Next we asked whether the morphological abnormalities of the postsynaptic apparatus in MCK-UCP1 mice could be secondary to muscle denervation. To this end, we performed longitudinal electromyography studies. Before 6 weeks of age, MCK-UCP1 mice showed normal electrical activity recordings, as compared to wild-type animals (), suggesting that NMJs were functional and properly innervated at that age. Later on, however, a subset of mice started to exhibit fasciculations, which gradually progressed in older animals to strongly altered patterns characterized by fibrillations, fasciculations and myotonic discharges (). After 7 months of age, all the mice were affected (). To test whether this abnormal electrical activity was the reflect of altered neurotransmission at the NMJ, as occurs for example in congenital myasthenic syndromes, we recorded the muscle evoked response to repetitive nerve stimulation. If neuromuscular transmission was affected, a sharp decrease (>10%) in the amplitude of the electrical response should be observed after repeated stimulations, but no differences were detected between MCK-UCP1 and wild-type mice (), indicating that neuromuscular transmission did not appear compromised. Additionally, we measured caudal sensory nerve velocity to determine whether sensory abnormalities could be observed, but found no changes in MCK-UCP1 mice ().
Electromyographic features of MCK-UCP1 mice.
Muscle mitochondrial uncoupling triggers endplate denervation and distal axonal degeneration
The presence of abnormal electromyography patterns together with the observed morphological changes in the postsynaptic apparatus from old MCK-UCP1 mice could reflect denervation. Immunohistochemical analysis of the pre- and postsynaptic compartments of the NMJ revealed complete overlapping of synaptophysin and alpha-bungarotoxin staining in 1-month-old MCK-UCP1 mice, whereas 60% of the alpha-bungarotoxin positive NMJs in 7-month-old MCK-UCP1 mice lacked synaptophysin labeling (), thus suggesting loss of the presynaptic button. To further confirm these observations, muscle sections were stained with an antibody directed against p75NTR, which is typically overexpressed in Schwann cells surrounding degenerating motor endings 
. p75NTR positive nerve fibers were systematically detected in old, but not young, MCK-UCP1 mice (). Altogether, these findings show that MCK-UCP1 mice are afflicted by a distal, age-related axonopathy.
Aging MCK-UCP1 mice show progressive denervation and distal axonal degeneration.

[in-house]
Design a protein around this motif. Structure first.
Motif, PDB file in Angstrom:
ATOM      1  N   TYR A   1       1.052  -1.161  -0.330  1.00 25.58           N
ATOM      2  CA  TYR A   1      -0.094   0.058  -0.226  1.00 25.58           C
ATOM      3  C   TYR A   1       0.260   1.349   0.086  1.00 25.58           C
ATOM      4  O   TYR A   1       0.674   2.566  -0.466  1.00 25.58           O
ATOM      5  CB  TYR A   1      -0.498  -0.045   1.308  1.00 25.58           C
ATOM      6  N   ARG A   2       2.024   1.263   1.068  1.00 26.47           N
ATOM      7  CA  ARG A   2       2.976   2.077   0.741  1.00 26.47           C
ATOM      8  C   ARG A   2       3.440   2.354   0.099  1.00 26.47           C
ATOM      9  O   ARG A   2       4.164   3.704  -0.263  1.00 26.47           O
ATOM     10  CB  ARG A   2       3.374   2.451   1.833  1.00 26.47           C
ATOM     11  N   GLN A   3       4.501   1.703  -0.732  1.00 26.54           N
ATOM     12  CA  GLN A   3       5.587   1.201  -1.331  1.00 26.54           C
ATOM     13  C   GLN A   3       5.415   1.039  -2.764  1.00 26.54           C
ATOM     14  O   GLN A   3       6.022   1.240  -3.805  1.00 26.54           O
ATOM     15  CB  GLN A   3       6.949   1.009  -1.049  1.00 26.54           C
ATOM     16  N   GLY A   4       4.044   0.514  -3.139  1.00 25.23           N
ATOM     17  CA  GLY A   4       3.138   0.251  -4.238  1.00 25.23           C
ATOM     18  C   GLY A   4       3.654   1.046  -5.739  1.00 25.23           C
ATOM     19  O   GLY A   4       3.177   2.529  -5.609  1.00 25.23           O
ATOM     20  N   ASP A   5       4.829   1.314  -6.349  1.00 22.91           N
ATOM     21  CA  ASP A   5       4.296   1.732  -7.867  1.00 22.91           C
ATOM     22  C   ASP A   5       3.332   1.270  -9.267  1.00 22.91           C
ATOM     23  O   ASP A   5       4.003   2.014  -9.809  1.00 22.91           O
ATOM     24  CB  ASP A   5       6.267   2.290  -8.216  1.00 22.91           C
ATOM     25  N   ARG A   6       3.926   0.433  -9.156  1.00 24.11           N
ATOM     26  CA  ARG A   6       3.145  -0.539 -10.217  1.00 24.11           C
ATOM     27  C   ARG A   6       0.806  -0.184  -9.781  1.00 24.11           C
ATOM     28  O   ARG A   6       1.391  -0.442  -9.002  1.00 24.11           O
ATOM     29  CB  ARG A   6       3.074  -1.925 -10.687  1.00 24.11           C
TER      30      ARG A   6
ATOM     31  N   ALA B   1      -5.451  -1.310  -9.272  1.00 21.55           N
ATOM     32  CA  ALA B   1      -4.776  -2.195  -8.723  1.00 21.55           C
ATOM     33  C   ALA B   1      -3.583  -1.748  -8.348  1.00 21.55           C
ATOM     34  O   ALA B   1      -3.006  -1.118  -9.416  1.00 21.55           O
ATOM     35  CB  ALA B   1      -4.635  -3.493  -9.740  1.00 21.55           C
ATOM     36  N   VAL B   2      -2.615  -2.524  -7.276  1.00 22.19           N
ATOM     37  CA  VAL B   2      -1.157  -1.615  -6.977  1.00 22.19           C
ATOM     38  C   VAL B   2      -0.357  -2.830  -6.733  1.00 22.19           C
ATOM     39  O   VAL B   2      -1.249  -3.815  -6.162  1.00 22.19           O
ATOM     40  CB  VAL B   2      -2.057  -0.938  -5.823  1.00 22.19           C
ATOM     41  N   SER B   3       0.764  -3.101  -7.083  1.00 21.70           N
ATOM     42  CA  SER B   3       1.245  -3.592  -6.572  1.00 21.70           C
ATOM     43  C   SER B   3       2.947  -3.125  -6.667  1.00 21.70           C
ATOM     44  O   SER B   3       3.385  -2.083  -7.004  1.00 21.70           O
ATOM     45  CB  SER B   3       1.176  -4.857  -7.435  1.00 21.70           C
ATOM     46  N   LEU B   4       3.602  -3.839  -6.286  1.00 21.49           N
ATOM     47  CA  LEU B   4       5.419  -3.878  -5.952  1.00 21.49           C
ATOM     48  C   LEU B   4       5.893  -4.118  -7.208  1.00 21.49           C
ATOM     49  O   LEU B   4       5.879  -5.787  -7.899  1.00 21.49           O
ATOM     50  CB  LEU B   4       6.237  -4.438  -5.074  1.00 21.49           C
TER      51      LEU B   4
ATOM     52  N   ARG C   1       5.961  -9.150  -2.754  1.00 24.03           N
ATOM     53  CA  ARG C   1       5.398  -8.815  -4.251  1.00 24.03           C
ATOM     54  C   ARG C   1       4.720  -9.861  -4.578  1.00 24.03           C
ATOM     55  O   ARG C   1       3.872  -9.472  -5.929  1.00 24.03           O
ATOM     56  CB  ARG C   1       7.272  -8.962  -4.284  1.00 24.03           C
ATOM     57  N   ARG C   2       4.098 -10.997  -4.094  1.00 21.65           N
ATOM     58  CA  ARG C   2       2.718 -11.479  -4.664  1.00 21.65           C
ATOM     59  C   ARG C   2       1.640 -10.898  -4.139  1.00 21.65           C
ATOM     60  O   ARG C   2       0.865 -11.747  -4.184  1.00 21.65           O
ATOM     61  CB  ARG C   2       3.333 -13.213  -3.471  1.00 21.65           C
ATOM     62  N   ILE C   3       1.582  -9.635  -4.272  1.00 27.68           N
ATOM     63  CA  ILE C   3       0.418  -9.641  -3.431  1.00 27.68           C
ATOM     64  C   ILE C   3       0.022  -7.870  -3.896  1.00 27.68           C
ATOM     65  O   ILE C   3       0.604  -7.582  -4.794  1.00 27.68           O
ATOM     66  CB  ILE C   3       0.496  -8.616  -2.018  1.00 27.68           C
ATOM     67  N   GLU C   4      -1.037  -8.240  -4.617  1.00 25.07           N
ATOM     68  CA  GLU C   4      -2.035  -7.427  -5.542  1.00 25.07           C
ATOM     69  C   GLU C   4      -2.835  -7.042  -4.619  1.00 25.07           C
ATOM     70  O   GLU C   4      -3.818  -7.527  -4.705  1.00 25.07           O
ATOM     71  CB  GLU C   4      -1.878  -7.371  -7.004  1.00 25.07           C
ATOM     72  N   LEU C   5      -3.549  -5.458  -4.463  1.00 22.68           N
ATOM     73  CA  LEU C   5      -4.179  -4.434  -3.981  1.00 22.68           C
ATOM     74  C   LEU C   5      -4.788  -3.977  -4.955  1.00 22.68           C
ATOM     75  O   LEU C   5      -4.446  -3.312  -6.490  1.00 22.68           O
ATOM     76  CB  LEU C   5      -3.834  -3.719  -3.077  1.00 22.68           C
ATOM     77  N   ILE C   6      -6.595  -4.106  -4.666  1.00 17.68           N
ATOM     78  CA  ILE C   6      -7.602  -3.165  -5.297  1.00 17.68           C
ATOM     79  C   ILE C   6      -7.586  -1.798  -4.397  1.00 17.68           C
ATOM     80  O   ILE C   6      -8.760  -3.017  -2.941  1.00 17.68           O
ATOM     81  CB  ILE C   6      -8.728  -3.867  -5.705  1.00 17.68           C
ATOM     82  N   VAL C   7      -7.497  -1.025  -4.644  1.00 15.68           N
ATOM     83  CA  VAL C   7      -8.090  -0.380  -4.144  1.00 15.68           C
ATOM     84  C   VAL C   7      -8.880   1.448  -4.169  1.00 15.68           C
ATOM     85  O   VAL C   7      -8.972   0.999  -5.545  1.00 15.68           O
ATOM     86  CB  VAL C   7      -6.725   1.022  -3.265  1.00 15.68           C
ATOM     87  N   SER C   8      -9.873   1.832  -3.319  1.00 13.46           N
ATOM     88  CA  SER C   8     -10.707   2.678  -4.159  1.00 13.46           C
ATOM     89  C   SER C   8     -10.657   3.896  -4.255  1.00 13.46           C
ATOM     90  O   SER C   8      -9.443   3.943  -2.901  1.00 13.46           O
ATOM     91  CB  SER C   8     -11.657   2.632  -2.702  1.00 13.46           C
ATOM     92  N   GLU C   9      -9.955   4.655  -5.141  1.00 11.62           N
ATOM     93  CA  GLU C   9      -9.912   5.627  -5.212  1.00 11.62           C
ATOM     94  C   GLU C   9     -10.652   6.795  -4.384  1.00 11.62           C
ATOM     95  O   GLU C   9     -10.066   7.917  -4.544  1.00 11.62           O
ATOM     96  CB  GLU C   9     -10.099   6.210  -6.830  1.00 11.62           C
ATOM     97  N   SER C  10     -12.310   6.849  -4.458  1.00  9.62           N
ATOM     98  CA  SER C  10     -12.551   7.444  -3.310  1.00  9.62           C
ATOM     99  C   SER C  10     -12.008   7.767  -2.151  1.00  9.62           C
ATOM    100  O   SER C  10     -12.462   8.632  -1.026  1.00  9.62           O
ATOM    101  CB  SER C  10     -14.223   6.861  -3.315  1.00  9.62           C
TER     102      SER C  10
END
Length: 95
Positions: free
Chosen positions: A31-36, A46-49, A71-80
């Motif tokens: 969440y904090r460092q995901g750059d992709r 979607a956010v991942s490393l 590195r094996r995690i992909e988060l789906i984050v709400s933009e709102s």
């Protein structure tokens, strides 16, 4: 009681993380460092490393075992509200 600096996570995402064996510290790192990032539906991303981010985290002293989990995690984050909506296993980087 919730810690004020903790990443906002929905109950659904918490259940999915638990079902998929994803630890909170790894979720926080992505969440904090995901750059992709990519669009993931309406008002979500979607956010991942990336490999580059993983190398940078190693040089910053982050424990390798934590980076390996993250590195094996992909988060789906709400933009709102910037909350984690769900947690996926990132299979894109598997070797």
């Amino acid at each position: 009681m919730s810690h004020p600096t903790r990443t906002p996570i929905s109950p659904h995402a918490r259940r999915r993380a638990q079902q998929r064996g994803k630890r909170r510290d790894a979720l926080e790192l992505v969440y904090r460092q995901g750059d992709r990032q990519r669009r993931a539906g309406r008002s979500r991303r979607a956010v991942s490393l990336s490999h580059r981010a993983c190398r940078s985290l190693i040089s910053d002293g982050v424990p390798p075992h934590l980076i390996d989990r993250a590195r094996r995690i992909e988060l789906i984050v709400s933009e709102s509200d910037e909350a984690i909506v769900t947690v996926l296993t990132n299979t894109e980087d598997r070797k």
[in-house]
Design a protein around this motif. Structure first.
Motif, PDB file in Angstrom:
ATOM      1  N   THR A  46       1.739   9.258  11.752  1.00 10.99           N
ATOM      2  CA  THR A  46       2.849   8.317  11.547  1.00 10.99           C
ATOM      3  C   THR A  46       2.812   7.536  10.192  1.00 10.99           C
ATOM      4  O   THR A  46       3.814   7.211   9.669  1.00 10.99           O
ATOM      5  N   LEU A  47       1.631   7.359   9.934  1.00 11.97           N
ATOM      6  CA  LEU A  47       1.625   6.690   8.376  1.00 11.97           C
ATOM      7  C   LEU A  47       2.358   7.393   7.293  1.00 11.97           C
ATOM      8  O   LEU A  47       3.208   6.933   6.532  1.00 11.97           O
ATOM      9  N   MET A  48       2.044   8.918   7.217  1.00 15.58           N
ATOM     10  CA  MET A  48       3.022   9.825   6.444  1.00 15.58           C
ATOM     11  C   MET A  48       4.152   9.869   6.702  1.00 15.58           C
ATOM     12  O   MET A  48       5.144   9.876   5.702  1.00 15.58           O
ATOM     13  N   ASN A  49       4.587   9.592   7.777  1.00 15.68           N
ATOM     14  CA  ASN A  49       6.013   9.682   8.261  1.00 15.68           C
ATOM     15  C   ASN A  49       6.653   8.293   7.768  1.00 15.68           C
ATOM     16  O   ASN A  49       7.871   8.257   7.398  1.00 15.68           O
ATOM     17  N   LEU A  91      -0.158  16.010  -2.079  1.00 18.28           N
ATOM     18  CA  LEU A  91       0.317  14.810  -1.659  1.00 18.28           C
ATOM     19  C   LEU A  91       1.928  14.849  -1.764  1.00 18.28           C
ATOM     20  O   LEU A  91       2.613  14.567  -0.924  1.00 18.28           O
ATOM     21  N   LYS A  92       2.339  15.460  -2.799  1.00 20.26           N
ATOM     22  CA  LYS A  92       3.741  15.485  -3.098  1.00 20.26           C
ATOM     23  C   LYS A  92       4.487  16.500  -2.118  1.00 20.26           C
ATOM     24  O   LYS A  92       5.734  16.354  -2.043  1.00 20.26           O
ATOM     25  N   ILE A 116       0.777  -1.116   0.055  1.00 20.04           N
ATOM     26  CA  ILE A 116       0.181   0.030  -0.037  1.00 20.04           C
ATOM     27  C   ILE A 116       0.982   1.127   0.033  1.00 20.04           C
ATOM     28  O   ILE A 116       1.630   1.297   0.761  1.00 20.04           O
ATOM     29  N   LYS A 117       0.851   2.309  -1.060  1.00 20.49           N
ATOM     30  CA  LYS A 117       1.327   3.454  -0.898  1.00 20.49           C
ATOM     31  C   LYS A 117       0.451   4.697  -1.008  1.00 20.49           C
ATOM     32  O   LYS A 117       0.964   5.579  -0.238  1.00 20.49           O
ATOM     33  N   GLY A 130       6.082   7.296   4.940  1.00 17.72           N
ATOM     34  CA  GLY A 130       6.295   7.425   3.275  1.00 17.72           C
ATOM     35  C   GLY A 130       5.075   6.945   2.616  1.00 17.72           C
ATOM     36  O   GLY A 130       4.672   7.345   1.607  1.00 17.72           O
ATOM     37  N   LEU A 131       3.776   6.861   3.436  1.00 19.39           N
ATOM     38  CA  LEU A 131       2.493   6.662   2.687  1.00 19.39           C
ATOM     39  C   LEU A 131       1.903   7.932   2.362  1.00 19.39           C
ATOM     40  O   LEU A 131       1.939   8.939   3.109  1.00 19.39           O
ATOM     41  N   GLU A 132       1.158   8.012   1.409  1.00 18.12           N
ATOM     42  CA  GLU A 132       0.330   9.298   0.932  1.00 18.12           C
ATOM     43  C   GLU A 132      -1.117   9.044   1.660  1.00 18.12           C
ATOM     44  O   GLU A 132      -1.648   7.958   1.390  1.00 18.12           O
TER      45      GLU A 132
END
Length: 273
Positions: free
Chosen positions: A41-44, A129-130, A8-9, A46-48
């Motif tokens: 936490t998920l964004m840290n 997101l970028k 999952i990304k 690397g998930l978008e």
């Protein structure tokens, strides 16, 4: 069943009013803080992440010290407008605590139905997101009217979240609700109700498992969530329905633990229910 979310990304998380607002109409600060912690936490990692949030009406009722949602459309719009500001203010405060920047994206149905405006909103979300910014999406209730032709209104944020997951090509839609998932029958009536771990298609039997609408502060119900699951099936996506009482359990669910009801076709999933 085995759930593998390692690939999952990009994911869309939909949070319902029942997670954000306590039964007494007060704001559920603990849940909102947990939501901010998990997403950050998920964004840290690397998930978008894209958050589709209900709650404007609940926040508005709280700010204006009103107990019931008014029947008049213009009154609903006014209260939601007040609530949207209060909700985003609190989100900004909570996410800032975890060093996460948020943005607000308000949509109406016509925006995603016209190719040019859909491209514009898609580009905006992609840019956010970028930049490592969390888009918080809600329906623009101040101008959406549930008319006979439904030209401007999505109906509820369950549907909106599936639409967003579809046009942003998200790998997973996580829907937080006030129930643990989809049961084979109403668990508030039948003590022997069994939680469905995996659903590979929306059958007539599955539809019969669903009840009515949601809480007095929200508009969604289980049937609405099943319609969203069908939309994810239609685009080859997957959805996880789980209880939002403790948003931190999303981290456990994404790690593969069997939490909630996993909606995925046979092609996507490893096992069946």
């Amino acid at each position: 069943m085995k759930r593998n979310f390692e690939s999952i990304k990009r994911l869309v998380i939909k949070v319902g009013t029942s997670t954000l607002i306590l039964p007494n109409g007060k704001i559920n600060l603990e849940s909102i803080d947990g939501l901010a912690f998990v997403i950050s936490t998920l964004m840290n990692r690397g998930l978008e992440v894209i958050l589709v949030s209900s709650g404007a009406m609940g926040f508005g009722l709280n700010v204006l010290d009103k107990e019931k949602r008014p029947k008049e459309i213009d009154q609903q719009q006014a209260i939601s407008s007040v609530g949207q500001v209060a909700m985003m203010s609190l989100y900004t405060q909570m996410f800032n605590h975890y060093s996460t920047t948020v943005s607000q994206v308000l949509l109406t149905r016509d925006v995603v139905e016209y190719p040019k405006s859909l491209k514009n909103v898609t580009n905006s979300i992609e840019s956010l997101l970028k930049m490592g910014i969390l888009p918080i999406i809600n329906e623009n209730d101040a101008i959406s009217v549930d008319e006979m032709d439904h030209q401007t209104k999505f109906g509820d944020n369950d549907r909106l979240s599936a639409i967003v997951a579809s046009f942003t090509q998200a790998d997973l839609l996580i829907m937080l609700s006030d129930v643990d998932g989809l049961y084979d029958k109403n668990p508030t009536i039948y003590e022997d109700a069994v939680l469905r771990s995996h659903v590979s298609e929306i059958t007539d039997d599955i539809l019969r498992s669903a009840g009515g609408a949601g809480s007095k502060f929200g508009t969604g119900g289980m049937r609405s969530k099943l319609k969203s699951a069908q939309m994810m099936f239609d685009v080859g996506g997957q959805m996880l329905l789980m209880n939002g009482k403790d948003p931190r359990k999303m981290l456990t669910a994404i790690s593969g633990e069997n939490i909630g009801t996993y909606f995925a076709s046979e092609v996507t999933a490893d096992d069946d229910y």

Muscle mitochondrial uncoupling triggers spinal cord astrocytosis and mild motor neuron degeneration
The existence of a NMJ pathology in aging MCK-UCP1 mice prompted us to determine whether any abnormalities could be detected in the ventral root axons and their corresponding spinal cord motor neuronal cell bodies. Ventral roots from MCK-UCP1 mice appeared grossly normal, but showed sparse axonal degeneration (). A more detailed analysis of the distribution of axonal calibers revealed an almost 50% reduction in the amount of large (>5 micrometers in diameter) caliber axons, together with a concomitant increase in the amount of very small caliber, presumably degenerating axons (). Motor neuron counting was performed in the ventral horns of the lumbar spinal cord at 3 and 7 months of age, by means of a morphometric approach based on the cross-sectional area of the cells (, left) or by direct identification of choline acetyltransferase positive motor neurons (, right). Both methods demonstrated a significant 20–30% decrease in the number of motor neurons in 7-month-old MCK-UCP1 mice, as compared to 3-month-old MCK-UCP1 or wild-type animals. The presence of astrocytosis in the lumbar spinal cord, which is typically associated with neuronal suffering 
, was assessed using an antibody directed against the astrocyte marker GFAP. An increase of GFAP positive astrocytes was observed in 7-month-old MCK-UCP1 mice, as compared to wild-type littermates (). In all, these findings strongly suggest that chronic muscle-restricted mitochondrial uncoupling is able to induce a mild but clear motor neuron pathology, likely as a result of the progressive degenerative process initiated at the NMJ.
Mild late onset motor neuron degeneration in MCK-UCP1 mice.